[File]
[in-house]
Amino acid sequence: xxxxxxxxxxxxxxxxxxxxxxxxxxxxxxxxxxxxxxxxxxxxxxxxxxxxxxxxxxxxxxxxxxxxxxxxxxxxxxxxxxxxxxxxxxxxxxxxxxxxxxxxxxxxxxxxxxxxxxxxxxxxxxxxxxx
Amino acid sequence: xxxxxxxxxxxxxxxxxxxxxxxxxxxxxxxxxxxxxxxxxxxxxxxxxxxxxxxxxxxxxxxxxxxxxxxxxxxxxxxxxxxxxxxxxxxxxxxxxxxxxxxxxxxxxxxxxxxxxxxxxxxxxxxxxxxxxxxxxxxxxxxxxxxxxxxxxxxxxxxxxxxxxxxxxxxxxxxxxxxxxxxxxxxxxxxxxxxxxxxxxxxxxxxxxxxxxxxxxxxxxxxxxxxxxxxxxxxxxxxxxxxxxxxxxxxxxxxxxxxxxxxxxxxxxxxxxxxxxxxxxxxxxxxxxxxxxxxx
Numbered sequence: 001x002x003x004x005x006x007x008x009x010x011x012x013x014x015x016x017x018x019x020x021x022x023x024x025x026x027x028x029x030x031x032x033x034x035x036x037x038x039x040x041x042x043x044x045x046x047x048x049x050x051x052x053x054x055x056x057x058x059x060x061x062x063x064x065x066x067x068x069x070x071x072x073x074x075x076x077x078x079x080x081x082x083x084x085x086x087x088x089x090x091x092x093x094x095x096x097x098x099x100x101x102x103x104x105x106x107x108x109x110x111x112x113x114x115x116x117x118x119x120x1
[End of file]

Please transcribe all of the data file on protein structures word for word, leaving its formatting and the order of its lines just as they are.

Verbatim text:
[in-house]
Amino acid sequence: xxxxxxxxxxxxxxxxxxxxxxxxxxxxxxxxxxxxxxxxxxxxxxxxxxxxxxxxxxxxxxxxxxxxxxxxxxxxxxxxxxxxxxxxxxxxxxxxxxxxxxxxxxxxxxxxxxxxxxxxxxxxxxxxxxx
Amino acid sequence: xxxxxxxxxxxxxxxxxxxxxxxxxxxxxxxxxxxxxxxxxxxxxxxxxxxxxxxxxxxxxxxxxxxxxxxxxxxxxxxxxxxxxxxxxxxxxxxxxxxxxxxxxxxxxxxxxxxxxxxxxxxxxxxxxxxxxxxxxxxxxxxxxxxxxxxxxxxxxxxxxxxxxxxxxxxxxxxxxxxxxxxxxxxxxxxxxxxxxxxxxxxxxxxxxxxxxxxxxxxxxxxxxxxxxxxxxxxxxxxxxxxxxxxxxxxxxxxxxxxxxxxxxxxxxxxxxxxxxxxxxxxxxxxxxxxxxxxx
Numbered sequence: 001x002x003x004x005x006x007x008x009x010x011x012x013x014x015x016x017x018x019x020x021x022x023x024x025x026x027x028x029x030x031x032x033x034x035x036x037x038x039x040x041x042x043x044x045x046x047x048x049x050x051x052x053x054x055x056x057x058x059x060x061x062x063x064x065x066x067x068x069x070x071x072x073x074x075x076x077x078x079x080x081x082x083x084x085x086x087x088x089x090x091x092x093x094x095x096x097x098x099x100x101x102x103x104x105x106x107x108x109x110x111x112x113x114x115x116x117x118x119x120x1